In the courts of England and Wales, magistrates—also known as justices of the peace (JPs)—are volunteers who hear prosecutions for and dispose of 'summary offences' and some 'triable-either-way offences' by making orders with regard to and placing additional requirements on offenders. Magistrates/JPs are limited to issuing sentences of no longer than twelve months. Magistrates/JPs have other limitations in their sentencing authority with powers extending to fines, community orders which can include curfews, electronic tagging, requirements to perform unpaid work up to 300 hours, and supervision for up to three years. In more serious cases, magistrates can send 'either-way' offenders to the Crown Court for sentencing when the magistrate feels a penalty should be imposed that is more severe than the magistrate is capable of sentencing.
A wide range of other legal matters is within the remit of magistrates. In the past, magistrates have been responsible for granting licenses to sell alcohol, for instance, but this function is now exercised by local councils; though, there is a right of appeal to the magistrates' court. Magistrates are also responsible for granting search warrants to the police and other authorities; therefore, it used to be a requirement that they live within a 15-mile (24 km) radius of the area they preside over (the commission area) in case they are needed to sign a warrant after hours. However, commission areas were replaced with Local Justice Areas by the Courts Act 2003, meaning magistrates no longer need to live within 15 miles (24 km); although, in practice, many still do. Section 7 of the Courts Act 2003 states that "There shall be a commission of the peace for England and Wales—…b) addressed generally, and not by name, to all such persons as may from time to time hold office as justices of the peace for England and Wales". Thus, every magistrate in England and Wales may act as a magistrate anywhere in England or Wales.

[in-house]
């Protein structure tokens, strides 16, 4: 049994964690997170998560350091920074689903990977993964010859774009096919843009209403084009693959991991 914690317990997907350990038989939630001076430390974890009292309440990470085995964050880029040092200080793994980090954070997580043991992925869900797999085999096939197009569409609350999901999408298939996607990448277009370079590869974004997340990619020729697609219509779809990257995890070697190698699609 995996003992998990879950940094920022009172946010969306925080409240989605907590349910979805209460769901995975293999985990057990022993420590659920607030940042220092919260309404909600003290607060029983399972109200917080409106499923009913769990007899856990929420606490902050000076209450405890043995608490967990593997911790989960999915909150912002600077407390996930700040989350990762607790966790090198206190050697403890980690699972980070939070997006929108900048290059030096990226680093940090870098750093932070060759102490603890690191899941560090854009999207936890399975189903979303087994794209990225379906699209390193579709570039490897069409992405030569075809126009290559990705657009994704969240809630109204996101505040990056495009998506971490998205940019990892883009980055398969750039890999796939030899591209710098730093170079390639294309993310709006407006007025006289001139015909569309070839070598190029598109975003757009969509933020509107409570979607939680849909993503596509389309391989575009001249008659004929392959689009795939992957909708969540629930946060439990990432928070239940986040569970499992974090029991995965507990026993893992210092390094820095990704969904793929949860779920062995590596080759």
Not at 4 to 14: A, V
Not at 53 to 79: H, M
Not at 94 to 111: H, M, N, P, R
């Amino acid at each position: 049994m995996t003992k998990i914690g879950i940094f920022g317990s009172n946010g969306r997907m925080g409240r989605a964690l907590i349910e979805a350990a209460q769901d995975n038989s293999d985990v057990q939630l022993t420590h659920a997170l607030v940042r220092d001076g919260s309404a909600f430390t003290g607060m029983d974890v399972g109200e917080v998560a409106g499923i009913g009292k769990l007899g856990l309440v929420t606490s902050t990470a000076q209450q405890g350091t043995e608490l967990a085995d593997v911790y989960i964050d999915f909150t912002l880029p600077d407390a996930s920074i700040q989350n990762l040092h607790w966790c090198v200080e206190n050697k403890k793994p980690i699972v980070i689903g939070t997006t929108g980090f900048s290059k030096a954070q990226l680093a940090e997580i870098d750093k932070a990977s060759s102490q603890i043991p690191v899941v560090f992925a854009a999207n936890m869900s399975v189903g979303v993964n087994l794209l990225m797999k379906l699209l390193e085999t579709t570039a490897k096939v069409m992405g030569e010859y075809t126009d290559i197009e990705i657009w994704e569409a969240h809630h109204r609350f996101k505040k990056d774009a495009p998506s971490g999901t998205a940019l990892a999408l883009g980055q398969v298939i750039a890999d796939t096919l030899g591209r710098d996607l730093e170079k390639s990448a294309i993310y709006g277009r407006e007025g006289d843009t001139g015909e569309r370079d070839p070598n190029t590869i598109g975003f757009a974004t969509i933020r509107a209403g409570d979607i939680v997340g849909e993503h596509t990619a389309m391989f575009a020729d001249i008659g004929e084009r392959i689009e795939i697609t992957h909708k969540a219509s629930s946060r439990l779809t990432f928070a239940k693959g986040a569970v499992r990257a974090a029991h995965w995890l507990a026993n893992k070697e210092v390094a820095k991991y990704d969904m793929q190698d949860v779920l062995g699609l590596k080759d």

There are two types of magistrates in England and Wales: justices of the peace and district judges (formerly known as stipendiary magistrates) who hold office as members of the professional judiciary. According to requirements, around 50% of magistrates are women. Over 41% of magistrates are retired from employment while others may be self-employed or able to arrange leave from their employment.